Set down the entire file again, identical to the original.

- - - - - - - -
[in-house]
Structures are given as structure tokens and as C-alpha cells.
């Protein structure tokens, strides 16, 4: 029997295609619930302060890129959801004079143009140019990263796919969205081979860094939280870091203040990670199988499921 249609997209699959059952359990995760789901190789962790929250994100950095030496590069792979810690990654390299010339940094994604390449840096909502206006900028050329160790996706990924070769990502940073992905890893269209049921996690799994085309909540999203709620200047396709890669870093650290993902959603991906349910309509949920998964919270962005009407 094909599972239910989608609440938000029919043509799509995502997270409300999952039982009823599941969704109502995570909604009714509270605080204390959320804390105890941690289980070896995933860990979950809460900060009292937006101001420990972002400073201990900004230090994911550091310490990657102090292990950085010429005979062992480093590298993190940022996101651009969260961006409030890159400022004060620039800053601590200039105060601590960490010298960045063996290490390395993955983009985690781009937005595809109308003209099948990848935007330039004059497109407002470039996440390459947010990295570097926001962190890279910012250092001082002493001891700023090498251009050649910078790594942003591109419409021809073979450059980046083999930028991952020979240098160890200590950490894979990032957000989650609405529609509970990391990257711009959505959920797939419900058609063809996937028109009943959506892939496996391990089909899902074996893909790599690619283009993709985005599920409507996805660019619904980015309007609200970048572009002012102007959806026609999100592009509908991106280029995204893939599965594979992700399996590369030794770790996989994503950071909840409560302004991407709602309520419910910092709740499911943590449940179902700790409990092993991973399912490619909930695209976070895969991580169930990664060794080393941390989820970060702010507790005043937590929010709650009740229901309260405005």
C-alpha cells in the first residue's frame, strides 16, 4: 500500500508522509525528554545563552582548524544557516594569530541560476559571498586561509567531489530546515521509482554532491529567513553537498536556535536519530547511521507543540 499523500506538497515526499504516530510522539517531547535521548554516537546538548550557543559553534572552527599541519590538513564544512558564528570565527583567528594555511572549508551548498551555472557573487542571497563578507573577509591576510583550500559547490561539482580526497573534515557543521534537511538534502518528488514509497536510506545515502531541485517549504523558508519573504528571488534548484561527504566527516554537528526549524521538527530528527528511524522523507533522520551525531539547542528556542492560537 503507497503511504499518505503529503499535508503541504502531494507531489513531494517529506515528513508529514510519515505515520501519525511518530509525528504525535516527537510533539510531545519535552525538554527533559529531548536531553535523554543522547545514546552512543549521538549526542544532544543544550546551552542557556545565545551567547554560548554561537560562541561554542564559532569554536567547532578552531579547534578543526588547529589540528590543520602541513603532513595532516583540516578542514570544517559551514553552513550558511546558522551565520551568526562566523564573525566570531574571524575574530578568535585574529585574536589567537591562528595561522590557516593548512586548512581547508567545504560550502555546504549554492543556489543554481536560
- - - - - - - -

[in-house]
Structures are given as structure tokens and as C-alpha cells.
């Protein structure tokens, strides 16, 4: 029997295609619930302060890129959801004079143009140019990263796919969205081979860094939280870091203040990670199988499921 249609997209699959059952359990995760789901190789962790929250994100950095030496590069792979810690990654390299010339940094994604390449840096909502206006900028050329160790996706990924070769990502940073992905890893269209049921996690799994085309909540999203709620200047396709890669870093650290993902959603991906349910309509949920998964919270962005009407 094909599972239910989608609440938000029919043509799509995502997270409300999952039982009823599941969704109502995570909604009714509270605080204390959320804390105890941690289980070896995933860990979950809460900060009292937006101001420990972002400073201990900004230090994911550091310490990657102090292990950085010429005979062992480093590298993190940022996101651009969260961006409030890159400022004060620039800053601590200039105060601590960490010298960045063996290490390395993955983009985690781009937005595809109308003209099948990848935007330039004059497109407002470039996440390459947010990295570097926001962190890279910012250092001082002493001891700023090498251009050649910078790594942003591109419409021809073979450059980046083999930028991952020979240098160890200590950490894979990032957000989650609405529609509970990391990257711009959505959920797939419900058609063809996937028109009943959506892939496996391990089909899902074996893909790599690619283009993709985005599920409507996805660019619904980015309007609200970048572009002012102007959806026609999100592009509908991106280029995204893939599965594979992700399996590369030794770790996989994503950071909840409560302004991407709602309520419910910092709740499911943590449940179902700790409990092993991973399912490619909930695209976070895969991580169930990664060794080393941390989820970060702010507790005043937590929010709650009740229901309260405005």
C-alpha cells in the first residue's frame, strides 16, 4: 500500500508522509525528554545563552582548524544557516594569530541560476559571498586561509567531489530546515521509482554532491529567513553537498536556535536519530547511521507543540 499523500506538497515526499504516530510522539517531547535521548554516537546538548550557543559553534572552527599541519590538513564544512558564528570565527583567528594555511572549508551548498551555472557573487542571497563578507573577509591576510583550500559547490561539482580526497573534515557543521534537511538534502518528488514509497536510506545515502531541485517549504523558508519573504528571488534548484561527504566527516554537528526549524521538527530528527528511524522523507533522520551525531539547542528556542492560537 503507497503511504499518505503529503499535508503541504502531494507531489513531494517529506515528513508529514510519515505515520501519525511518530509525528504525535516527537510533539510531545519535552525538554527533559529531548536531553535523554543522547545514546552512543549521538549526542544532544543544550546551552542557556545565545551567547554560548554561537560562541561554542564559532569554536567547532578552531579547534578543526588547529589540528590543520602541513603532513595532516583540516578542514570544517559551514553552513550558511546558522551565520551568526562566523564573525566570531574571524575574530578568535585574529585574536589567537591562528595561522590557516593548512586548512581547508567545504560550502555546504549554492543556489543554481536560